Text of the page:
Kalina cycle

The Kalina cycle is a thermodynamic cycle for converting thermal energy to mechanical power, optimized for use with thermal sources which are at a relatively low temperature compared to the heat sink (or ambient) temperature. The cycle uses a working fluid comprised of at least two different components (typically water and ammonia) and a ratio between those components is varied in different parts of the system to increase thermodynamic reversibility and therefore increase overall thermodynamic efficiency. There are multiple variants of Kalina cycle systems specifically applicable for different types of heat sources. Several proof of concept power plants using the Kalina cycle have been built.

The Kalina cycle is a new concept in heat recovery and power generation,which uses a mixture of 70% ammonia-30% water as the working fluid with the potential of significant efficiency gains over the conventional Rankaine cycle.Basically this concept is suitable for medium to low gas temperature heat recovery systems with gas inlet temperatures in the range of 400 to 1000 F,offering more gains (over Rankaine cycle) as the gas temperature decreases.

Gas turbine based combined cycles using this concept have 2-3 % higher efficiency over multi-pressure combined cycle plants using steam/water as the working fluid. In low gas temperature heat recovery systems such as diesel engine exhaust or fired heater exhaust,the energy recovered from the hot gas stream is more significant and Kalina cycle output increases by 20-30 %.The main reason for the improvement is that the boiling of ammonia-water mixture occurs over a range of temperatures,unlike steam and hence the amount of energy recovered from the gas stream is much higher. See Figure below,where a 550 F gas temperature source is shown with say a cold end fluid temperature of 100 F. 70 % ammonia-water mixture at 500 psia by virtue of its varying boiling point,is able to "match" or run parallel to the gas temperature line while recovering energy and hence the exit gas temperature can be as low as 200 F.The steam-water mixture at 500 psia,on the other hand,due to pinch,approach point limitations and a constant boiling point of 467 F,cannot cool the gases below about 500 F.Only about 15-20 % of the energy is recovered,compared to 100% in Kalina cycle.This can also be easily be seen using the HRSG simulation software for gas turbine-steam systems developed by the author(see my Homepage). Hence a lot of energy is wasted. By decreasing the steam pressure,more energy could be recovered;however,the average fluid temperature decreases,thus lowering the Rankaine cycle efficiency.Multiple pressure systems could recover more energy but add to the complexity of the system and cost.Note however as the inlet gas temperature increases,say to 1000 F,the difference in the amount of energy recovered between steam-water system and ammonia-water system reduces significantly.This can be seen by analyzing the gas temperature profiles for the two cases.The exit gas temperatures for the two cases will be comparable and not so wide apart as in the 550 F case.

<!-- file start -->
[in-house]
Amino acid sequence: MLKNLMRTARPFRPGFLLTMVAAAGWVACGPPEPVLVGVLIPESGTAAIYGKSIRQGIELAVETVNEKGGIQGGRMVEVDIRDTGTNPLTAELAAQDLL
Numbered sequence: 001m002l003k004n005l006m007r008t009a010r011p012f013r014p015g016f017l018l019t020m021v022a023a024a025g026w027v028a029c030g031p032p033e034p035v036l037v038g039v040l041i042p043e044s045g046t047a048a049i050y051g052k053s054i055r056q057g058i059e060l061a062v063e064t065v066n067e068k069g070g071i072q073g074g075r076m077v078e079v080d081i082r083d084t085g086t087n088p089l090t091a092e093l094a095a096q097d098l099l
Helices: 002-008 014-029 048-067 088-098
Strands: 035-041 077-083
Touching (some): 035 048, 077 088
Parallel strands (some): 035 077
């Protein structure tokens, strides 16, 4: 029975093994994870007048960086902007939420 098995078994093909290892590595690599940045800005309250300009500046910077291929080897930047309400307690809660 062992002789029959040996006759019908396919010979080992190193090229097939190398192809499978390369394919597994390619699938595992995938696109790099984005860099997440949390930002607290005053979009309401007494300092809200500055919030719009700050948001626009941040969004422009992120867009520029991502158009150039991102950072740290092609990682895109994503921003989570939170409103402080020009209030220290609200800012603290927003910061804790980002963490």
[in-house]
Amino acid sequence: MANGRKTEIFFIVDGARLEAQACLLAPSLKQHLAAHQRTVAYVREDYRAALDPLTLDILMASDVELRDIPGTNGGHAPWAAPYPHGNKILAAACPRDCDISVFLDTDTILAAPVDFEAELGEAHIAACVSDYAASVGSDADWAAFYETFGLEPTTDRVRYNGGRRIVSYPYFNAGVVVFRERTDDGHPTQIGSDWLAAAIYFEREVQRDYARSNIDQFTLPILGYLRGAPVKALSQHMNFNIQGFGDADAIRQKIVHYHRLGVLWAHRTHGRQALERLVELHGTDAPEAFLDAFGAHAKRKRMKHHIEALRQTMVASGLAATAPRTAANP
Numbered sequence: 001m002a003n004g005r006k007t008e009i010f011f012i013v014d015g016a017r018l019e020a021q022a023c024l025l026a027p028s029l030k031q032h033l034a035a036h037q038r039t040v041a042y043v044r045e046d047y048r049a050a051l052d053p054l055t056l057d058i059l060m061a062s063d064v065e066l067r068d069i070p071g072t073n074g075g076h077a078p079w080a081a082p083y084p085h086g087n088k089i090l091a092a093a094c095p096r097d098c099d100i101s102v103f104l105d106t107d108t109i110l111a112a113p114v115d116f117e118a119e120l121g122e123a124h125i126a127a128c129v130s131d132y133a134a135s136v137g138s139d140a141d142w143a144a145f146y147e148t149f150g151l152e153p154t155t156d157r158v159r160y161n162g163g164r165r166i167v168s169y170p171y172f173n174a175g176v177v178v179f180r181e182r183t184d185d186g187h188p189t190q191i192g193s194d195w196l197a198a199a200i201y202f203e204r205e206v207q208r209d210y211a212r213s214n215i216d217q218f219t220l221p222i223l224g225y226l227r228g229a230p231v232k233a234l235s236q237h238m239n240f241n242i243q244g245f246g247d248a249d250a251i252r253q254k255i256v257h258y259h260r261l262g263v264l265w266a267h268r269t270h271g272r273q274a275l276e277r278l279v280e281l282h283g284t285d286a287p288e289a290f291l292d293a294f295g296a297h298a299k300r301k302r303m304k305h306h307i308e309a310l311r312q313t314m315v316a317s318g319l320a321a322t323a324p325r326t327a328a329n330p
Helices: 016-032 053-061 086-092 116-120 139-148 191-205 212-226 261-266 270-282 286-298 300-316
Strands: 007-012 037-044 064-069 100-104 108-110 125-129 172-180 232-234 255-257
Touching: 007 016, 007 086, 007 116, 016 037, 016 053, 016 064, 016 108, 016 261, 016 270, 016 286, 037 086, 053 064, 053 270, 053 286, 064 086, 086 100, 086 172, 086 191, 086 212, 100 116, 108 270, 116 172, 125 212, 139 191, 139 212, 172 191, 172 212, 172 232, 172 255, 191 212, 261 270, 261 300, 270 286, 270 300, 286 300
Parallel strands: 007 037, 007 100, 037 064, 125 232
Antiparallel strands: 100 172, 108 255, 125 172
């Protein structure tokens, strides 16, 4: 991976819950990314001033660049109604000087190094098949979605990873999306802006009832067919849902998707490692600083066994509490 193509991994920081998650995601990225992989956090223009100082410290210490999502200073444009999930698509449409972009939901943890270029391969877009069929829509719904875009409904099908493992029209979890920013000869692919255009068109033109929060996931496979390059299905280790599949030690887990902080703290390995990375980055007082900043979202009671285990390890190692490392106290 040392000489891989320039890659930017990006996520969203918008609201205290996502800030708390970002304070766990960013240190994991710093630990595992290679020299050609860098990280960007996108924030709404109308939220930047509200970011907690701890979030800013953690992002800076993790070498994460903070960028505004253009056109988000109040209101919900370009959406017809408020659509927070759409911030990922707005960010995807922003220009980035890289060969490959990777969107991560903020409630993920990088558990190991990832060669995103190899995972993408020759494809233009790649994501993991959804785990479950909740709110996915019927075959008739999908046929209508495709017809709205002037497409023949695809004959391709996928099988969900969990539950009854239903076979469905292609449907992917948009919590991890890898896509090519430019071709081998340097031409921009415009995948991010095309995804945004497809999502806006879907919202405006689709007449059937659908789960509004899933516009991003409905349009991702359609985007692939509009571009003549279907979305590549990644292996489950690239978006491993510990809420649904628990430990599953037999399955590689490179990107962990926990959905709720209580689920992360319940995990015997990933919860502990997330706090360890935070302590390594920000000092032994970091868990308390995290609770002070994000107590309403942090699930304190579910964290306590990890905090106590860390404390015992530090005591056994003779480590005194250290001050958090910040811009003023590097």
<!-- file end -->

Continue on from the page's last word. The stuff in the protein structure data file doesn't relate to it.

The condensation of ammonia-water also occurs over a range of temperatures and hence permits additional heat recovery in the condensation system,unlike Rankaine cycle,where the low end temperature(affected by ambient conditions) limits the condenser back pressure and power output of system.If the cooling water temperature is say 100 F,less power is generated by the steam turbine compared to say 40 F cooling water.The condenser pressure can be much higher in Kalina cycle,and the cooling water temperatures do not impact the power output of the turbine as in Rankaine cycle.Thermo-physical properties of ammonia-water mixture can also be altered by changing the concentration of ammonia.This helps to recover energy in the condensation system.Modifications to the condensing system are also possible by varying the ammonia concentration and thus more energy can be recovered from the exhaust gases.